The list of team’s will be ordered by those
with the most wins in college football history.
Michigan: Tom Brady
After entering the NFL as a chubby sixth-round pick out of Michigan, Brady was to eventually transform into front-page fodder for both the sporting and celebrity gossip magazines alike. By 38, Brady has already taken home four Lombardi trophies and three Super Bowl MVP awards. As an icon, he has combined Joe Montana’s winning gamesmanship alongside the playboy lifestyle of “Broadway” Joe Namath. In addition to the comparisons to Montana’s legacy, any mention of Brady among the all-time greats is inevitably benchmarked against the here-and-now career of rival Peyton Manning.
At this point, Brady and his four Super Bowl rings hold the edge over Manning and his lone championship. Statistically, Brady has been equally as impressive as any quarterback to ever play professional football. In 2007, he teamed up with Randy Moss and Wes Welker to put together one of the most impressive displays of offensive firepower in NFL history. Brady closed out that undefeated regular season having thrown for 4,806 yards and a then-record 50 touchdowns after completing 68.9% of his passes. The 2007 run, however, ended with a Super Bowl loss, an 18-1 record, and a disheveled Brady throwing a tantrum. Still, anyone who says this man is not a top 10 player in NFL history is just straight up delusional.
Notre Dame: Joe Montana
Montana was not your prototypical quarterback. He never had the arm of an Elway, the size of a Marino, or the athleticism of a Steve Young, but he made up for it by having ice water for veins and killing defenses with deadly precision and accuracy. His regular season statistics are more than adequate to be considered great even among the best to have ever played, but it was his legendary post season play that made him the greatest quarterback of the Superbowl era. Four Super Bowl Appearances, four Super Bowl victories, three MVPs, 11 touchdowns passes. It’s hard to argue with that in the big game. His 1988 and 1989 post seasons are two of the greatest playoff performances of all time. He also beat out John Elway and Dan Marino in two of those games.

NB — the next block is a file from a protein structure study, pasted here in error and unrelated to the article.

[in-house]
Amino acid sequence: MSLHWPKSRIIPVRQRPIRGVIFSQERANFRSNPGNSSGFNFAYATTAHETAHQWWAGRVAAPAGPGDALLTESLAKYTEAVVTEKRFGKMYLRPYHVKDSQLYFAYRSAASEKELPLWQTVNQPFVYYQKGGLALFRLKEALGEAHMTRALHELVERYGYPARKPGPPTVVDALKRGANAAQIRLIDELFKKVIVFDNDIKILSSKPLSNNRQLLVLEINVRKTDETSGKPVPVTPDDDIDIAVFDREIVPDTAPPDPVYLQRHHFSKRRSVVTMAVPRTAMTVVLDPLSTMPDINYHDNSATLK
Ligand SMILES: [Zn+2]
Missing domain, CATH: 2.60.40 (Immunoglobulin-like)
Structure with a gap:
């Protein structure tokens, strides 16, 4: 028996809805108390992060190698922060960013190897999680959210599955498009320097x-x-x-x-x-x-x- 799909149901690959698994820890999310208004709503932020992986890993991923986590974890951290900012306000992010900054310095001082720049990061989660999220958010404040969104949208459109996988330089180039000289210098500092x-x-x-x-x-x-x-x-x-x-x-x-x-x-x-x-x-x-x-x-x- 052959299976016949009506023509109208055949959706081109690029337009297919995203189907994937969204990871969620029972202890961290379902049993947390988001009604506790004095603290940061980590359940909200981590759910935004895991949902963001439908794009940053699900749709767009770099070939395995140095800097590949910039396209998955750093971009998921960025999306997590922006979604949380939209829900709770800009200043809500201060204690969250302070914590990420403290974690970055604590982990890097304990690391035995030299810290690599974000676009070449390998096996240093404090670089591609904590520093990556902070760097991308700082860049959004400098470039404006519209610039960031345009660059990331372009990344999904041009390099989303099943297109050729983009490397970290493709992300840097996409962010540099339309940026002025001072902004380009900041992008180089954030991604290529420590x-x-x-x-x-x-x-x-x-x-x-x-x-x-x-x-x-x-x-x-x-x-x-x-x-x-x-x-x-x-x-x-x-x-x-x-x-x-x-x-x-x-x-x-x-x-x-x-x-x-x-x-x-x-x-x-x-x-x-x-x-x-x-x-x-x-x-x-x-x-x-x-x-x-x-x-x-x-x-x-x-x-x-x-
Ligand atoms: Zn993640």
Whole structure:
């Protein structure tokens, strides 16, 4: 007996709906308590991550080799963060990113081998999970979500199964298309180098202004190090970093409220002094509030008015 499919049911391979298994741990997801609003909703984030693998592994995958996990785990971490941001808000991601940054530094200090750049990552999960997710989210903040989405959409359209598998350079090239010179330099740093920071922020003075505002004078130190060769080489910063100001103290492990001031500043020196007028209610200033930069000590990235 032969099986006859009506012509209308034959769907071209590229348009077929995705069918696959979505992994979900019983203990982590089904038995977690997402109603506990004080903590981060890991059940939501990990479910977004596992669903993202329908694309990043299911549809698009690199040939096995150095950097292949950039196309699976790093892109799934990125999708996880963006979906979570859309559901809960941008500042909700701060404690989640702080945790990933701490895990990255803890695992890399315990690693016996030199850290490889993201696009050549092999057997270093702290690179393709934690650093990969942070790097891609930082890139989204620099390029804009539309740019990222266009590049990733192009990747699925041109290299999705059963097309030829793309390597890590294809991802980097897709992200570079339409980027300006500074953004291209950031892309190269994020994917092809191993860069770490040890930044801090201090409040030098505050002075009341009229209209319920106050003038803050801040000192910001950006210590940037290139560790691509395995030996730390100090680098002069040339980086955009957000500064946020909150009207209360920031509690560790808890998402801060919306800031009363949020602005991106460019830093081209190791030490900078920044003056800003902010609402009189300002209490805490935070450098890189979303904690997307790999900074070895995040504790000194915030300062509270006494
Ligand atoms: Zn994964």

Montana mastered the West Coast offense, earning 40,551 career passing yards. He was one half of the iconic reception that was so amazing it simply became known as ‘The Catch.’ Across 15 seasons he was the picture of consistency, constantly rising to any occasion and claiming victory as his own, and being the best at the most important time. Montana, without question, was the most calm and quarterback to ever play, unflappable when the big play was needed to be made and victory was within reach. Joe Cool may not have been as naturally talented as many of the other guys on this list but considering his name is nearly synonymous with Superbowl he’s gotta be considered the best quarterback of all-time. Though, if Tom Brady keeps at it for a few more seasons and gets one more ring, I might just change my mind.